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Klinefelter’s syndrome 

Klinefelter’s syndrome
Klinefelter’s syndrome

Dieter Meschede

and Eberhard Nieschlag

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date: 26 May 2022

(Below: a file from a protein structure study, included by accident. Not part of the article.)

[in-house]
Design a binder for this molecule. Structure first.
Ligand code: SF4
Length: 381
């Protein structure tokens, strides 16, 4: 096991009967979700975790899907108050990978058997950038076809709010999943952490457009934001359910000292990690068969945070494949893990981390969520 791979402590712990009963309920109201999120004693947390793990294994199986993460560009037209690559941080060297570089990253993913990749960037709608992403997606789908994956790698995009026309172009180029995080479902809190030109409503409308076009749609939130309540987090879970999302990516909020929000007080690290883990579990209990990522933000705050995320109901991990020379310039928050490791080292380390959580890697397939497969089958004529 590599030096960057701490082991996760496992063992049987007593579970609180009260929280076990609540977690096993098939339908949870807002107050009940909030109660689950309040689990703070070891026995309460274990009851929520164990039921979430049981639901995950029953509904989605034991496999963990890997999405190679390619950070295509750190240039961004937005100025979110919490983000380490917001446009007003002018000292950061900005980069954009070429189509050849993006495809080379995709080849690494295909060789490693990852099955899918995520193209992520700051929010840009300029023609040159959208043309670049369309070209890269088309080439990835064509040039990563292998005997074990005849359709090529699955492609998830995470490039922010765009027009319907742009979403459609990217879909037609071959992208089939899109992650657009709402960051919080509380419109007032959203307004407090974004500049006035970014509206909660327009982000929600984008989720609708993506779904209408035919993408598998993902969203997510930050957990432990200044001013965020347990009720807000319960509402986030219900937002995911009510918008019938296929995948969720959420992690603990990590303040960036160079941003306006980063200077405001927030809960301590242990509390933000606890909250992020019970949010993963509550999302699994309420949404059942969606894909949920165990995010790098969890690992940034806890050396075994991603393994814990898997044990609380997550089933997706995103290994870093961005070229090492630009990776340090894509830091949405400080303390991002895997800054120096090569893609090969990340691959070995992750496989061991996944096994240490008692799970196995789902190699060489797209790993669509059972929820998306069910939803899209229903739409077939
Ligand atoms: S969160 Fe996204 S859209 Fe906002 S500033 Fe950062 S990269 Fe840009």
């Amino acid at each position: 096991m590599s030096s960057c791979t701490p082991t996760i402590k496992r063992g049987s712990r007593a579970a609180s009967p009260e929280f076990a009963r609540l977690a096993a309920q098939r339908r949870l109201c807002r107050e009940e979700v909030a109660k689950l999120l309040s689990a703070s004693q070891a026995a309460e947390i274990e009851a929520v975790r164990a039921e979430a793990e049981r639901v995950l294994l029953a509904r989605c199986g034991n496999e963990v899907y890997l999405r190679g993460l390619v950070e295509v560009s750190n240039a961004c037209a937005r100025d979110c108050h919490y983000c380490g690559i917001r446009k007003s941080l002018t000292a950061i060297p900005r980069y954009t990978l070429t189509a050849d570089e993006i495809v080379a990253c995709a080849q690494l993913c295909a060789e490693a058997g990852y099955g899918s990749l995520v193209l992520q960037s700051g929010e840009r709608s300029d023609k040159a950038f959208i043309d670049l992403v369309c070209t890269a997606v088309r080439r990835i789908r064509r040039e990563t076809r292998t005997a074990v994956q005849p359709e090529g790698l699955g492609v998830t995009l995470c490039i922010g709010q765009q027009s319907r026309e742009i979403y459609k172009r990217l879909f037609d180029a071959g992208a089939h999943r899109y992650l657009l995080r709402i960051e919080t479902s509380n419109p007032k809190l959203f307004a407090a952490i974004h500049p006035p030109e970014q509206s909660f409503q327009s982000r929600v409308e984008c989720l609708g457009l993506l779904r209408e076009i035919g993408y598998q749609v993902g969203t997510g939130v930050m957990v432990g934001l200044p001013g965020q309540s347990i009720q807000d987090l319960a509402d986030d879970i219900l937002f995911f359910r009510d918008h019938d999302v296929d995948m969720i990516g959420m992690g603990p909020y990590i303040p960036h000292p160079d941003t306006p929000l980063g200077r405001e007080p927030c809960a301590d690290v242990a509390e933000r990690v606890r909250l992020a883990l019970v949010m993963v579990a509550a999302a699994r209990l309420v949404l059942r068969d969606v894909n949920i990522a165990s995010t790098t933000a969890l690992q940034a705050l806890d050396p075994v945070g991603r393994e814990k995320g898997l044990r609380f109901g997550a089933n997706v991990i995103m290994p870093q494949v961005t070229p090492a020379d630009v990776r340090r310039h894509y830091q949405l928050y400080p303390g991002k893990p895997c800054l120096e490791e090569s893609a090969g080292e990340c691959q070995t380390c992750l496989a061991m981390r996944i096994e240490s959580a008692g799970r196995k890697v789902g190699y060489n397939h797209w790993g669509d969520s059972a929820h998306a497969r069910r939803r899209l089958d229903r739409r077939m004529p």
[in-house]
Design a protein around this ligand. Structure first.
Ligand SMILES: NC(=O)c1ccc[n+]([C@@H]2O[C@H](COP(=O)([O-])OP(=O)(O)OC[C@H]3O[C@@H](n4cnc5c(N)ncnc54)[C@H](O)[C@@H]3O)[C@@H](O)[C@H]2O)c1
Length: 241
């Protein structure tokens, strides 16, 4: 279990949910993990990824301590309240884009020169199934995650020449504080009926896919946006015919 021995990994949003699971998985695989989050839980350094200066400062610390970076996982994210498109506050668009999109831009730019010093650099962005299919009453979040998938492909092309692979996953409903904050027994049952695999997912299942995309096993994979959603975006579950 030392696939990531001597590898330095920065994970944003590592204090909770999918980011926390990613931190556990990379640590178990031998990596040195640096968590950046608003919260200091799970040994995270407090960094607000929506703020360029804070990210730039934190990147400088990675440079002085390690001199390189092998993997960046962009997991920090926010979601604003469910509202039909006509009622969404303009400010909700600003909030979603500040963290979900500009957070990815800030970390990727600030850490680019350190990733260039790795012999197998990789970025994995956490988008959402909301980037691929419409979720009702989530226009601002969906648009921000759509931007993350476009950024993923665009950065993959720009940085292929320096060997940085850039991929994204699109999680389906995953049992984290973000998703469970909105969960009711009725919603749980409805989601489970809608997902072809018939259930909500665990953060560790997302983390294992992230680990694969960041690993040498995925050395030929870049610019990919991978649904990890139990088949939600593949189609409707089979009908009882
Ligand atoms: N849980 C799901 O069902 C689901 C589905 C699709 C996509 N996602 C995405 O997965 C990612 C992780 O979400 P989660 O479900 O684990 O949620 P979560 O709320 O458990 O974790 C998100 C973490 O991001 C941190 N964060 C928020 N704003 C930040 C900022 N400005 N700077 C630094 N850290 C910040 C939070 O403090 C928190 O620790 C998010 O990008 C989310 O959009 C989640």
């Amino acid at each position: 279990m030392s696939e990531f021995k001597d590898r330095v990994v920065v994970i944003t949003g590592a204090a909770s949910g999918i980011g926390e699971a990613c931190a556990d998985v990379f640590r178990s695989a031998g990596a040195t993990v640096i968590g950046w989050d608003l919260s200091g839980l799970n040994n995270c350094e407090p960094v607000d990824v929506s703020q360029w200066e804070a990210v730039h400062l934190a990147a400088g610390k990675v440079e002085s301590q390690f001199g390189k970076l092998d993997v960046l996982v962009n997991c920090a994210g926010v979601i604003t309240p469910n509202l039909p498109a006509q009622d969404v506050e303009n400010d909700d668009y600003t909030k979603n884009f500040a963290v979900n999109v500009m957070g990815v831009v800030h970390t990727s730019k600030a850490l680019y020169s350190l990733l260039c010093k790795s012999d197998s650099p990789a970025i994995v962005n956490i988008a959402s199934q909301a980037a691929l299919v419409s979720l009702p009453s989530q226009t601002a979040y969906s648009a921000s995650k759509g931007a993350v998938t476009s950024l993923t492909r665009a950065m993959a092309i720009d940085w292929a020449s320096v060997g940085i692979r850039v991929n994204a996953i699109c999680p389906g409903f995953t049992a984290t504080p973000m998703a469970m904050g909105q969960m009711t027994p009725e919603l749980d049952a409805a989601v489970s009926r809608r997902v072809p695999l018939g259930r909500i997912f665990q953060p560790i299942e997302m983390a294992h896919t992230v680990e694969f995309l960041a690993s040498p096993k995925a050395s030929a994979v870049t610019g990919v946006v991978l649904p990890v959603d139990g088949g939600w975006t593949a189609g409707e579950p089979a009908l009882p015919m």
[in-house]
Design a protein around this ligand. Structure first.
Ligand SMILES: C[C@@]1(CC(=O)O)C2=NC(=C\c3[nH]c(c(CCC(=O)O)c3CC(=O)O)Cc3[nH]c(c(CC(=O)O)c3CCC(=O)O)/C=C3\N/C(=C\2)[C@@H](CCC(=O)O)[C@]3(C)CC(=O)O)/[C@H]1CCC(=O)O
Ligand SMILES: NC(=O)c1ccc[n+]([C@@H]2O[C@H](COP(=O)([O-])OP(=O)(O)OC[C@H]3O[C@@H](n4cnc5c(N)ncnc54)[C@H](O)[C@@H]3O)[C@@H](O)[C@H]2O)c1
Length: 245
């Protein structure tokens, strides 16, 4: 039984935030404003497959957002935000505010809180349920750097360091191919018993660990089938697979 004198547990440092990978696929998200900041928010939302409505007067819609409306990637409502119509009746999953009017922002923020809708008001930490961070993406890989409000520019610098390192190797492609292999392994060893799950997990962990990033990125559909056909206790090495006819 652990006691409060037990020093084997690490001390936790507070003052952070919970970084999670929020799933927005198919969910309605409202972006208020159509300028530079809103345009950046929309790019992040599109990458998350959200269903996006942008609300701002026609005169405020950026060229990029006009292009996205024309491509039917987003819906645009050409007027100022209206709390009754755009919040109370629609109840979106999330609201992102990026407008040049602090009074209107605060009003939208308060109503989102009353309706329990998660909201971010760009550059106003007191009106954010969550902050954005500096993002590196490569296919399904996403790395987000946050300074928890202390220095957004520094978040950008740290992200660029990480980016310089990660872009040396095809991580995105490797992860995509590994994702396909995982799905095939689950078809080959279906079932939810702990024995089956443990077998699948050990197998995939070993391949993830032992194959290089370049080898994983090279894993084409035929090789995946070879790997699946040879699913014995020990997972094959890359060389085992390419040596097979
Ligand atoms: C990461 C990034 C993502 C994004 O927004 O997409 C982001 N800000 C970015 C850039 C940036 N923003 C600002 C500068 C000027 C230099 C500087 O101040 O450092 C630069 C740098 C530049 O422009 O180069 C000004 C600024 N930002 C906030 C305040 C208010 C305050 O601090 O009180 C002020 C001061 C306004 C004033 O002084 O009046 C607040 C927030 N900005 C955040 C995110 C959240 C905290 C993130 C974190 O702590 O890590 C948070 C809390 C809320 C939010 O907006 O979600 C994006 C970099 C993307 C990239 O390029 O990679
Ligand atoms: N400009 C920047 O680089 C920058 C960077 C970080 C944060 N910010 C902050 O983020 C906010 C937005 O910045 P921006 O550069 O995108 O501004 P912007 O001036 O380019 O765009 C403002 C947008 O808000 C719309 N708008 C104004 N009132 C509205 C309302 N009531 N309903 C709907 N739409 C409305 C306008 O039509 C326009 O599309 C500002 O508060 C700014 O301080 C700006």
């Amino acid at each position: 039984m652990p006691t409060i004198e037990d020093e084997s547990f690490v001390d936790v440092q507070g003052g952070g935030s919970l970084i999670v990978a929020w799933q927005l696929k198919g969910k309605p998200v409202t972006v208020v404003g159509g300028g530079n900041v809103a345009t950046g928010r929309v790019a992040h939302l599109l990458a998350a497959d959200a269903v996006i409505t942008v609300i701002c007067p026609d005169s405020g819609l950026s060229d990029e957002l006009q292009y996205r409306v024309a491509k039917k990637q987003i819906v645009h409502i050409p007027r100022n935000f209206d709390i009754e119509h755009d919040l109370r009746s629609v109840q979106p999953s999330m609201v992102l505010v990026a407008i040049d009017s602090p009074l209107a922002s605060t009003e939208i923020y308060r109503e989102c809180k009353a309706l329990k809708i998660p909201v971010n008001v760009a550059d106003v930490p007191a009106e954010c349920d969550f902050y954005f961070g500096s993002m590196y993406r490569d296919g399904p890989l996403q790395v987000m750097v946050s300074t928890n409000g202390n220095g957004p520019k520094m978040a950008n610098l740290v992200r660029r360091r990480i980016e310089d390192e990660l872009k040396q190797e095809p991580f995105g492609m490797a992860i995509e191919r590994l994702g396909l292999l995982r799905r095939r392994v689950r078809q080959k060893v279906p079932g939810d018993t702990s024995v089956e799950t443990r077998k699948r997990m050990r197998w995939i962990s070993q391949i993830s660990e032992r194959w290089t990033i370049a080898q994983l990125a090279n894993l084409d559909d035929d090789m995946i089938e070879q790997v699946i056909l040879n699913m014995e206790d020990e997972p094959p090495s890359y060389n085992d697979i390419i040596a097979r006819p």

When in 1942 Harry Klinefelter and his colleagues described the condition carrying his name (1), its aetiology was unknown. In 1959 Jacobs and Strong (2) recognized the chromosomal basis of the disorder, until then solely defined through a set of clinical criteria. Ever since, diagnosing Klinefelter’s syndrome has required the demonstration of the 47,XXY karyotype or one of its rare variants. The occasional patient with a normal karyotype who fulfils the original clinical criteria, namely small testes, azoospermia, gynaecomastia, and elevated urinary FSH, is no longer considered as having Klinefelter’s syndrome (3). Individuals with the karyotypes 48,XXYY, 48,XXXY, and 49,XXXXY are also subsumed under the Klinefelter’s syndrome category. While these patients display all the signs and symptoms typical of the 47,XXY karyotype, they are burdened by significant additional health problems, most notably mental retardation, and malformations. For this reason, these conditions should be designated as 48,XXYY, 48,XXXY, or 49,XXXXY syndromes, respectively, and should be set apart from Klinefelter’s syndrome in the narrower sense.

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